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How to Map a Patient Journey

by Sara Foster | Dec 13, 2017

When it comes to mapping the patient journey, it’s all about the flow.

That’s the advice that presenters Amanda Hobbs, digital strategy manager for CHI Franciscan Health and Jennifer Kohnhorst, healthcare strategist for Bluespire Marketing gave to attendees during their presentation, “Mapping the Ideal Patient Experience in the Digital Age” during HCIC.

CHI Franciscan decided to focus on its bariatrics service line. Why? Three reasons: it’s profitable, there’s high demand for the service and there’s operational capacity for more patients.

“Our goal was to make all our content patient-centric and informative,” Hobbs says. “For starters, we wanted to think about the reasons why someone would consider bariatric surgery. Through our mapping, we wanted to shorten a patient’s decision cycle on having the surgery. That meant we needed to provide content that was educational and impactful — yet sympathetic and understanding to the journey our patients are on.”

The team had eight objectives in mind:

  1. Prequalify patients
  2. Increase the number of requested consults
  3. Increase number of completed consults
  4. Decrease conversion time to surgery
  5. Improve clinical outcomes through patient education process
  6. Decrease cost-per-lead
  7. Increase ROI
  8. Create online seminars

Despite their marketing goals, they were met with skepticism from doctors. For example, some doctors were confused why the team wasn’t putting up billboards to advertise the service line. Several doctors said they didn’t have “time” to be involved in lengthy interviews.


But HCI Franciscan’s marketing team countered back. The team hired Bluespire Marketing, a marketing firm, to present the case to doctors why digital trumps print. In addition, Bluespire asked physicians to fill out questionnaires about their practice vs. doing interviews, to save time.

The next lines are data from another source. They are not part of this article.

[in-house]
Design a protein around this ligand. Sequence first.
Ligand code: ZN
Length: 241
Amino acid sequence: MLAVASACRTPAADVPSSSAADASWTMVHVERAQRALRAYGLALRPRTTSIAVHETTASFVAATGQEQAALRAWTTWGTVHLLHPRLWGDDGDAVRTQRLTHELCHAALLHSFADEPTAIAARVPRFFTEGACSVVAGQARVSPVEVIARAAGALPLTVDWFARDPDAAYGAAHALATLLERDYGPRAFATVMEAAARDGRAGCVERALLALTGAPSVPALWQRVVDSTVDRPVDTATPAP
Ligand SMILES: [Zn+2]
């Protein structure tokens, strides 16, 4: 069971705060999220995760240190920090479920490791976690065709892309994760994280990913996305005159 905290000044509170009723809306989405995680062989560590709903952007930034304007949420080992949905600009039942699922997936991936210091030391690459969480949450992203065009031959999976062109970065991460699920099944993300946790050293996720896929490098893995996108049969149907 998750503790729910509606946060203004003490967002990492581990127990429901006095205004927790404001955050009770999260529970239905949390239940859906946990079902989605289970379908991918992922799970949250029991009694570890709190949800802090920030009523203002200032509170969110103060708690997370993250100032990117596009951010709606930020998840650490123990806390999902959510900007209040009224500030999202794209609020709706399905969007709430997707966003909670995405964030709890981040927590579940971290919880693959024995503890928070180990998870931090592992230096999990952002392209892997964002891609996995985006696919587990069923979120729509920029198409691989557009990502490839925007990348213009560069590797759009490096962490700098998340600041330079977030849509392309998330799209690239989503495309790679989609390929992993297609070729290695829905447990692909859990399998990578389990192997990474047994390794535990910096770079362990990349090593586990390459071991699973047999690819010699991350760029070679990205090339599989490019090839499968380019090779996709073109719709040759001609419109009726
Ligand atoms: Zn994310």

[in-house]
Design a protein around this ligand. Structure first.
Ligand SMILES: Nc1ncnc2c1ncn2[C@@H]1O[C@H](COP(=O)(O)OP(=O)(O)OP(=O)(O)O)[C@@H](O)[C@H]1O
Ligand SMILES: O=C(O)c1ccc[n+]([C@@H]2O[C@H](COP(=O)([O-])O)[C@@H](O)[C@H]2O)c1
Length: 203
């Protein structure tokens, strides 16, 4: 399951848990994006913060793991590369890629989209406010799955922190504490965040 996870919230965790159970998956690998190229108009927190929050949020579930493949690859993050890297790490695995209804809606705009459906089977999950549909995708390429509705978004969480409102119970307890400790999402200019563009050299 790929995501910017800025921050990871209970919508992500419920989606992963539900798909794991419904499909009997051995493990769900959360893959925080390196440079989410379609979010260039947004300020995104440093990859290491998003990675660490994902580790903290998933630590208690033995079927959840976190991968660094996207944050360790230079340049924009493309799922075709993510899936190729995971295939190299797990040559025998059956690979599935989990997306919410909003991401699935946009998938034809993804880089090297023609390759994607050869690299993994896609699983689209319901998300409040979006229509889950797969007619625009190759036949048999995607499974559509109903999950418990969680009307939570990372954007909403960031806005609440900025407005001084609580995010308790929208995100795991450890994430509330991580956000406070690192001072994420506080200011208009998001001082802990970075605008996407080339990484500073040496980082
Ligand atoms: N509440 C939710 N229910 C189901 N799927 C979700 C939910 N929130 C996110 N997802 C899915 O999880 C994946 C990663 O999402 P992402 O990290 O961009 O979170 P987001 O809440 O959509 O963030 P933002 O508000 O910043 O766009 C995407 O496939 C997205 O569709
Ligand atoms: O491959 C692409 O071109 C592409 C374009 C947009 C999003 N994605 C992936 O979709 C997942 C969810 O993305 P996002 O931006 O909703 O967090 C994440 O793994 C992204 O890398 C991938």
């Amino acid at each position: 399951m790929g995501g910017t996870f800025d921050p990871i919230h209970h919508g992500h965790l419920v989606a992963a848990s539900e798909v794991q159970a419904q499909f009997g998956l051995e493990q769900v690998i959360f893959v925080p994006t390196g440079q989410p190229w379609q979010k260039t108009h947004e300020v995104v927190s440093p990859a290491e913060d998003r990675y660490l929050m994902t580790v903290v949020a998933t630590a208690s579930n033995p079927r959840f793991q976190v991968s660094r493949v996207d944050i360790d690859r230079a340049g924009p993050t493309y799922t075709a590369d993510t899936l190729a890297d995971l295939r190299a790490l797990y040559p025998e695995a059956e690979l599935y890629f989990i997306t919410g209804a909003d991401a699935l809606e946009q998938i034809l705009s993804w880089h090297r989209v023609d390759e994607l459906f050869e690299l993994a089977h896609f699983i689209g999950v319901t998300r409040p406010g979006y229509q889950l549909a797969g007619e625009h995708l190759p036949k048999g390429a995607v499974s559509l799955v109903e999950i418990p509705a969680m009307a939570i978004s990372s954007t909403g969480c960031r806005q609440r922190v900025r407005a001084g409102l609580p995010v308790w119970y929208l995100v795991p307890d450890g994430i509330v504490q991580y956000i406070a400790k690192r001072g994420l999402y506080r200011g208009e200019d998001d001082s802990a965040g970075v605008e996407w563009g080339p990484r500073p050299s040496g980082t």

Once the doctors got onboard, the marketing team started the work. That involved a lot of writing, researching and branding. Even something that seems simple — like finding models for the website and email required a lot of thought.

“If you go on our site or read any of our emails for this service line, you’ll see that our models look like our patients,” Hobbs says. “We wanted to pick models that really spoke to our patients.”

So far, the site has been a big hit — and doctors have quit asking about the billboards (for now).

Within 30 days of the site going live, these were a few highlights:

  • 482 users completed the initial assessment
  • 150 signed up for the online seminar
  • 78 requested an appointment form
  • 39 signed up for an in-person session
“Our overall goal is to really educate patients,” Hobbs says. “That way, when they come and make an appointment — they’ll be ready to have an educated, informed conversation with our surgeons.” 
  • HealthCare Marketing
  • patient journey
  • patient experience

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